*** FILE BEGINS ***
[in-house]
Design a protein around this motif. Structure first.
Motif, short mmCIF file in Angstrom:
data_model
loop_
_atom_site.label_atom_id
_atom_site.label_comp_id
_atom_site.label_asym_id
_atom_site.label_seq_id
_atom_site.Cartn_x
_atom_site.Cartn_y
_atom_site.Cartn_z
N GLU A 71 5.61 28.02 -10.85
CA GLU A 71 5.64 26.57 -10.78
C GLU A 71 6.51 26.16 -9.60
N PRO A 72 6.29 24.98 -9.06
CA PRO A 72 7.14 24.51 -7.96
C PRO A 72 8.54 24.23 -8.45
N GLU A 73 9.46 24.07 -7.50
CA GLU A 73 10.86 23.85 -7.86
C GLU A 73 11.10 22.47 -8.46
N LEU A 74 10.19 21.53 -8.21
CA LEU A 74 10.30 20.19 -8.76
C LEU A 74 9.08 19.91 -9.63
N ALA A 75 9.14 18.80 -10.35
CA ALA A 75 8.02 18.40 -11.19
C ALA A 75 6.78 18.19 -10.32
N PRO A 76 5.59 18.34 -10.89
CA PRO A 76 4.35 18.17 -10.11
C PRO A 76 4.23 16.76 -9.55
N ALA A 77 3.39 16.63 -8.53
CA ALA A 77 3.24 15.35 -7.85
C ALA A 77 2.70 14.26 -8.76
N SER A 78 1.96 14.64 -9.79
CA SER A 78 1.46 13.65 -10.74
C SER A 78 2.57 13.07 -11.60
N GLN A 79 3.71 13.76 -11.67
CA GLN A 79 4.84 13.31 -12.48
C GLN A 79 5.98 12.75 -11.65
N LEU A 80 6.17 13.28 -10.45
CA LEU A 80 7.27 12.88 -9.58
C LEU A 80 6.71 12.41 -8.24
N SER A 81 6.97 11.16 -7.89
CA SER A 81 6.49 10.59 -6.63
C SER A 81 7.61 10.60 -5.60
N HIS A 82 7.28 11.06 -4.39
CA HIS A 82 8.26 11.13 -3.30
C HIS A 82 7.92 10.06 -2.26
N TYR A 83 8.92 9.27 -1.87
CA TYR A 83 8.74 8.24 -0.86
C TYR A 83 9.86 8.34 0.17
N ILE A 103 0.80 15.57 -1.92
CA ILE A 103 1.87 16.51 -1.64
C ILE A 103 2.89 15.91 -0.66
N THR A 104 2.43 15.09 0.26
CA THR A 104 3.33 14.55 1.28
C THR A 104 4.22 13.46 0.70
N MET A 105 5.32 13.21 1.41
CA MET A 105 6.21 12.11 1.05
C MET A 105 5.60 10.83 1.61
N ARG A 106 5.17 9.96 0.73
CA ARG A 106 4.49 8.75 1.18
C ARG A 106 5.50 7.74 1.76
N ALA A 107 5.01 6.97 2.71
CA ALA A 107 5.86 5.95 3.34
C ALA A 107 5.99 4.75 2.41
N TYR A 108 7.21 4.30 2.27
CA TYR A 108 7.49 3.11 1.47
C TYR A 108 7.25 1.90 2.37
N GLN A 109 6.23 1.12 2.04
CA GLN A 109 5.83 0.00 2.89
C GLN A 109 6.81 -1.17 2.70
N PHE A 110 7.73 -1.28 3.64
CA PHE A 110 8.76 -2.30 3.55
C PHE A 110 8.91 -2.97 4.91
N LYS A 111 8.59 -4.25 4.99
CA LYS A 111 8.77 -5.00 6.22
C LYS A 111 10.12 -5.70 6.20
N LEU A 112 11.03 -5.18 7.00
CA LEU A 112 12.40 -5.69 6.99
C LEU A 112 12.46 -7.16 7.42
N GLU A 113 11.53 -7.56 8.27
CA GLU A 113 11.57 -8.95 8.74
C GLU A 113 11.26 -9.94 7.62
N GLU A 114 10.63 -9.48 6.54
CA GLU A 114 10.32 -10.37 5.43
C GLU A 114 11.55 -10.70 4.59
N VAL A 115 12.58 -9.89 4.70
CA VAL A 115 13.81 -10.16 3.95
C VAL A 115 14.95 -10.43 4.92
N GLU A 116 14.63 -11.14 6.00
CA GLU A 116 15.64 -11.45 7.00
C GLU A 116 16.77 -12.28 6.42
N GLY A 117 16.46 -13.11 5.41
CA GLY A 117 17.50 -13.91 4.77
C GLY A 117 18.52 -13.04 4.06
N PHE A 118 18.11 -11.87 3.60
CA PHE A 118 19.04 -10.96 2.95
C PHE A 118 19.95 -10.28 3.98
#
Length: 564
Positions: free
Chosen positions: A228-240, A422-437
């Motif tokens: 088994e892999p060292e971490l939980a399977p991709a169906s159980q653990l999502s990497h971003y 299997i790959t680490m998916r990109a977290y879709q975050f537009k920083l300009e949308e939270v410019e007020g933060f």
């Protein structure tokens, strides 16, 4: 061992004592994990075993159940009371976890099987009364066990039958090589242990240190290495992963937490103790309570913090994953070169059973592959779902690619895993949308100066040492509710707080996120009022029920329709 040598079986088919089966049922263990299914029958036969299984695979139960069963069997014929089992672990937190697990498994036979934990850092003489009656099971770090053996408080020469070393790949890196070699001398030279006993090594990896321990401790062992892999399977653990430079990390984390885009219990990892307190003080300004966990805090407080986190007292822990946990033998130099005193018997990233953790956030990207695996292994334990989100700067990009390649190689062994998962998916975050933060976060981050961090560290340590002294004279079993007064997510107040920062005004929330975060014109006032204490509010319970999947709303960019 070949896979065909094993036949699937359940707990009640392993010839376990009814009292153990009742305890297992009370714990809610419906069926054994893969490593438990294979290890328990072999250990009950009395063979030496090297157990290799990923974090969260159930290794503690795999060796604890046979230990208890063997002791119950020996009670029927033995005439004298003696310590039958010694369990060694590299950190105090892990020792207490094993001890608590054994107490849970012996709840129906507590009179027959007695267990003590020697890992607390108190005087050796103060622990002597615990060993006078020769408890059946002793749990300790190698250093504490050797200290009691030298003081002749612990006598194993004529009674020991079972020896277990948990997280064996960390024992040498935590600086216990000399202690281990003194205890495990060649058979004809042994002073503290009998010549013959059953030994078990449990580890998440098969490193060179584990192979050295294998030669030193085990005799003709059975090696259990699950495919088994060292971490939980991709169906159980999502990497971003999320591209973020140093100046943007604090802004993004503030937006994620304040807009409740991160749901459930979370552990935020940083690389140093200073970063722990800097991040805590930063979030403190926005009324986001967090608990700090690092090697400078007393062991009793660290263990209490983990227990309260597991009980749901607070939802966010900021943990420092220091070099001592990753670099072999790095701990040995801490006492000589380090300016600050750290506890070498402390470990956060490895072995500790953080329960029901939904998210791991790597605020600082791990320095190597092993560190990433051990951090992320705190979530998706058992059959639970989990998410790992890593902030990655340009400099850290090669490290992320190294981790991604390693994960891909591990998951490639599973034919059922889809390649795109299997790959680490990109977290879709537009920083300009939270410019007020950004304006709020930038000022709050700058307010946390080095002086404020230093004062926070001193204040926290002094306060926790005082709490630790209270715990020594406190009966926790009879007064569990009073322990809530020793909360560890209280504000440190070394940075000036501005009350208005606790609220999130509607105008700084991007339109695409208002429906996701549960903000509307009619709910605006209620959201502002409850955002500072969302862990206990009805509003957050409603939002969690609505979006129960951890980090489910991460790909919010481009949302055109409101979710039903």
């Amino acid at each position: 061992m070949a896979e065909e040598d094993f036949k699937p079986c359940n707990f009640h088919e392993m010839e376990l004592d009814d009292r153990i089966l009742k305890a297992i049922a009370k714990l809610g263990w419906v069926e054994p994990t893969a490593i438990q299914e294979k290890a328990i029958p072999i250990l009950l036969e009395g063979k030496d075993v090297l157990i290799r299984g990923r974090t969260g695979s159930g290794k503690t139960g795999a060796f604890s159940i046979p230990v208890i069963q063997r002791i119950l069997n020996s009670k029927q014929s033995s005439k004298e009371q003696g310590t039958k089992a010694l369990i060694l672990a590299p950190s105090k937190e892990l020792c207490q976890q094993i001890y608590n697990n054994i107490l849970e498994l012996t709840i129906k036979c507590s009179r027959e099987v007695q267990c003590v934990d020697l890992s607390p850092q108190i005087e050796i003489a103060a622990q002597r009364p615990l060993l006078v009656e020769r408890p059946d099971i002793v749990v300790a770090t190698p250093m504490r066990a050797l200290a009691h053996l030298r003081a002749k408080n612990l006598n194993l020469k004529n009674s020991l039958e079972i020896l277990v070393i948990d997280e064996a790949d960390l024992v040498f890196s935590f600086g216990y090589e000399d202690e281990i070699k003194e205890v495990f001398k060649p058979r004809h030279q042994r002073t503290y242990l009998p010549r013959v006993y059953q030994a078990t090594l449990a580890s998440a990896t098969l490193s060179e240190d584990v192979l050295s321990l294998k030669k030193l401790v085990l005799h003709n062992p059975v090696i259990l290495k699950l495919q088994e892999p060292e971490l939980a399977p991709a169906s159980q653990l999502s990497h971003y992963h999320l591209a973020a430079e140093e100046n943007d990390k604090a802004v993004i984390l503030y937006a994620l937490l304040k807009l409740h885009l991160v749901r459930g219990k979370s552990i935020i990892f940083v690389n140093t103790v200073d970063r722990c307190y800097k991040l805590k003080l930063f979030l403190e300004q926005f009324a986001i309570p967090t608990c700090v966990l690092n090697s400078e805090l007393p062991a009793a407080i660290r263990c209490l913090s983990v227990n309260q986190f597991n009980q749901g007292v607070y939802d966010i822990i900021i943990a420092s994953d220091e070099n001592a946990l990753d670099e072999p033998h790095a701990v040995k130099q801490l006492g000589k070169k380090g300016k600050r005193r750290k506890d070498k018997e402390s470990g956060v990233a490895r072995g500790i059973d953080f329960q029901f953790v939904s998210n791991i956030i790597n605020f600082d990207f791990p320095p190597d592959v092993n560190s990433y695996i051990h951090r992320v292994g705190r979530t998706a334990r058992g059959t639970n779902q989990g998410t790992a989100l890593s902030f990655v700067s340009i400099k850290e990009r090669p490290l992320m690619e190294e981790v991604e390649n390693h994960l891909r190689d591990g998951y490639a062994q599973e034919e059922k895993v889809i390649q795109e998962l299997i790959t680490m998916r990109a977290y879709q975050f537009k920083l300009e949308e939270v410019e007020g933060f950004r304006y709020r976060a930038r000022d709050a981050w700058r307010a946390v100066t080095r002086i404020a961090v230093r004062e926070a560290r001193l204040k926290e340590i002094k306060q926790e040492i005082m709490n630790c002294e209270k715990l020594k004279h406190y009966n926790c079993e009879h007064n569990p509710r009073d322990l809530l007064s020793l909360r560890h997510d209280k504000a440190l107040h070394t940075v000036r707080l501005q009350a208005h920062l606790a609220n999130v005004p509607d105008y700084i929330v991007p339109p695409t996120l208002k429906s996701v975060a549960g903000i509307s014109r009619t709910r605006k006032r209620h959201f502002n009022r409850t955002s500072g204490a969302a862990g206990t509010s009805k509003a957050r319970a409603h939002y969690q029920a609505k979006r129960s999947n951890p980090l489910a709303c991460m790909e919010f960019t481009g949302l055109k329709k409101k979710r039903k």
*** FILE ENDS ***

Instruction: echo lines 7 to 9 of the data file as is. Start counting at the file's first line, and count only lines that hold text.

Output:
_atom_site.label_comp_id
_atom_site.label_asym_id
_atom_site.label_seq_id